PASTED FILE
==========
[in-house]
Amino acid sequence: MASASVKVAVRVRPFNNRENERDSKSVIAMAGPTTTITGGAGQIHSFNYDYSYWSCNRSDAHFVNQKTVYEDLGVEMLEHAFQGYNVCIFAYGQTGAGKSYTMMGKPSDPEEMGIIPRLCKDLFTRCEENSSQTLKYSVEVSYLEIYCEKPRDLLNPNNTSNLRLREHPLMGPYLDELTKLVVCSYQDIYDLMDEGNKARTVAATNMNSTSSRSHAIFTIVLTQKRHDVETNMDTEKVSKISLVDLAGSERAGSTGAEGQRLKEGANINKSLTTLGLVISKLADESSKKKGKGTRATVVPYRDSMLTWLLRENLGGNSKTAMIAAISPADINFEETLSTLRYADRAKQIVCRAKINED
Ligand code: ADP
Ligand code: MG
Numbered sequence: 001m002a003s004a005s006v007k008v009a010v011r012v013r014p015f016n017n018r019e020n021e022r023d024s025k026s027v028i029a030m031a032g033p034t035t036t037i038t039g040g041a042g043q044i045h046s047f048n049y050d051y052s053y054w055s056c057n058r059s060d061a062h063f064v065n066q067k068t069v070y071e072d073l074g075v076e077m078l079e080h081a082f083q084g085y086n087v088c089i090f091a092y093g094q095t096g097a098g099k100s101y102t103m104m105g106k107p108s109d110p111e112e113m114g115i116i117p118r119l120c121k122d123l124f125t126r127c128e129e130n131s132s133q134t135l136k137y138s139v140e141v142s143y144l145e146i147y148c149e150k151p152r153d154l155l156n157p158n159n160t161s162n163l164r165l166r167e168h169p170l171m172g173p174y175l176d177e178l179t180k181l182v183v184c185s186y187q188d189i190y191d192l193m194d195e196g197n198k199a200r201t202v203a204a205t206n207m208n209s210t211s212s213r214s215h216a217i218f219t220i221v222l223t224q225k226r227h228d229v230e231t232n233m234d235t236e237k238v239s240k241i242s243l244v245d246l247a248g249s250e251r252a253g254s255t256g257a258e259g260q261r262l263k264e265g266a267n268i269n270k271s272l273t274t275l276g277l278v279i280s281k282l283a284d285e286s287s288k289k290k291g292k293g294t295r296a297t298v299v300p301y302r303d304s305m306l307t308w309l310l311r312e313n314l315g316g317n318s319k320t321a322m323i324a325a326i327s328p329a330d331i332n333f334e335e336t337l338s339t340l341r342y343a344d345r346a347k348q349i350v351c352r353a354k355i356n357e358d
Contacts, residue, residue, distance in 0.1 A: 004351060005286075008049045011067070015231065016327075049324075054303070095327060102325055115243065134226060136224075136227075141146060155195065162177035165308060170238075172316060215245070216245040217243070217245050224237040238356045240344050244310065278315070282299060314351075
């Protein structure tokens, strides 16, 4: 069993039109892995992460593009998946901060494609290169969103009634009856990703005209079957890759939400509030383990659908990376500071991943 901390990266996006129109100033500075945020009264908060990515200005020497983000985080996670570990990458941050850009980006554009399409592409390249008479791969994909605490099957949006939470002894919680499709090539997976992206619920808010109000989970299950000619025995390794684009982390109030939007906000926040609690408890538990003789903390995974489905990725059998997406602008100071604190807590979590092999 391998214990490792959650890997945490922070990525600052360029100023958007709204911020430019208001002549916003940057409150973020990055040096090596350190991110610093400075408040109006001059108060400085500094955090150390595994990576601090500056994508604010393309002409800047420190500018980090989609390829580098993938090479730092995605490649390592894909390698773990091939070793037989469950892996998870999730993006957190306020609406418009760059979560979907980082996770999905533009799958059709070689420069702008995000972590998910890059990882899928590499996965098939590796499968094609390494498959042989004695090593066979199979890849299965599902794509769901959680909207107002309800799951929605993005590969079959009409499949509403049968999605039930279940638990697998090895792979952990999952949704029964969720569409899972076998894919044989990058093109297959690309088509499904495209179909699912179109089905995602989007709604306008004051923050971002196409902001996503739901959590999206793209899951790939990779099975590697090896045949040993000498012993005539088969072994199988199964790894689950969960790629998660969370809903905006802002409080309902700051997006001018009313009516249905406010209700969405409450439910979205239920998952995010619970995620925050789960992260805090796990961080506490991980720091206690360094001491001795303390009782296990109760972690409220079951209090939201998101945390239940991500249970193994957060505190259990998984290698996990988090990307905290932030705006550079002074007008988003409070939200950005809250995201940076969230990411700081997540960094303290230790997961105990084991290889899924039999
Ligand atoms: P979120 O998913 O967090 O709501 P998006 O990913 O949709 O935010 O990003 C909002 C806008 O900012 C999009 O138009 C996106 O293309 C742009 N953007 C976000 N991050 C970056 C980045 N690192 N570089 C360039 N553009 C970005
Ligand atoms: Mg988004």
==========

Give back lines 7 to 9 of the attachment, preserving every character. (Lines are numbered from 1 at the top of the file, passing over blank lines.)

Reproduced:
């Protein structure tokens, strides 16, 4: 069993039109892995992460593009998946901060494609290169969103009634009856990703005209079957890759939400509030383990659908990376500071991943 901390990266996006129109100033500075945020009264908060990515200005020497983000985080996670570990990458941050850009980006554009399409592409390249008479791969994909605490099957949006939470002894919680499709090539997976992206619920808010109000989970299950000619025995390794684009982390109030939007906000926040609690408890538990003789903390995974489905990725059998997406602008100071604190807590979590092999 391998214990490792959650890997945490922070990525600052360029100023958007709204911020430019208001002549916003940057409150973020990055040096090596350190991110610093400075408040109006001059108060400085500094955090150390595994990576601090500056994508604010393309002409800047420190500018980090989609390829580098993938090479730092995605490649390592894909390698773990091939070793037989469950892996998870999730993006957190306020609406418009760059979560979907980082996770999905533009799958059709070689420069702008995000972590998910890059990882899928590499996965098939590796499968094609390494498959042989004695090593066979199979890849299965599902794509769901959680909207107002309800799951929605993005590969079959009409499949509403049968999605039930279940638990697998090895792979952990999952949704029964969720569409899972076998894919044989990058093109297959690309088509499904495209179909699912179109089905995602989007709604306008004051923050971002196409902001996503739901959590999206793209899951790939990779099975590697090896045949040993000498012993005539088969072994199988199964790894689950969960790629998660969370809903905006802002409080309902700051997006001018009313009516249905406010209700969405409450439910979205239920998952995010619970995620925050789960992260805090796990961080506490991980720091206690360094001491001795303390009782296990109760972690409220079951209090939201998101945390239940991500249970193994957060505190259990998984290698996990988090990307905290932030705006550079002074007008988003409070939200950005809250995201940076969230990411700081997540960094303290230790997961105990084991290889899924039999
Ligand atoms: P979120 O998913 O967090 O709501 P998006 O990913 O949709 O935010 O990003 C909002 C806008 O900012 C999009 O138009 C996106 O293309 C742009 N953007 C976000 N991050 C970056 C980045 N690192 N570089 C360039 N553009 C970005
Ligand atoms: Mg988004």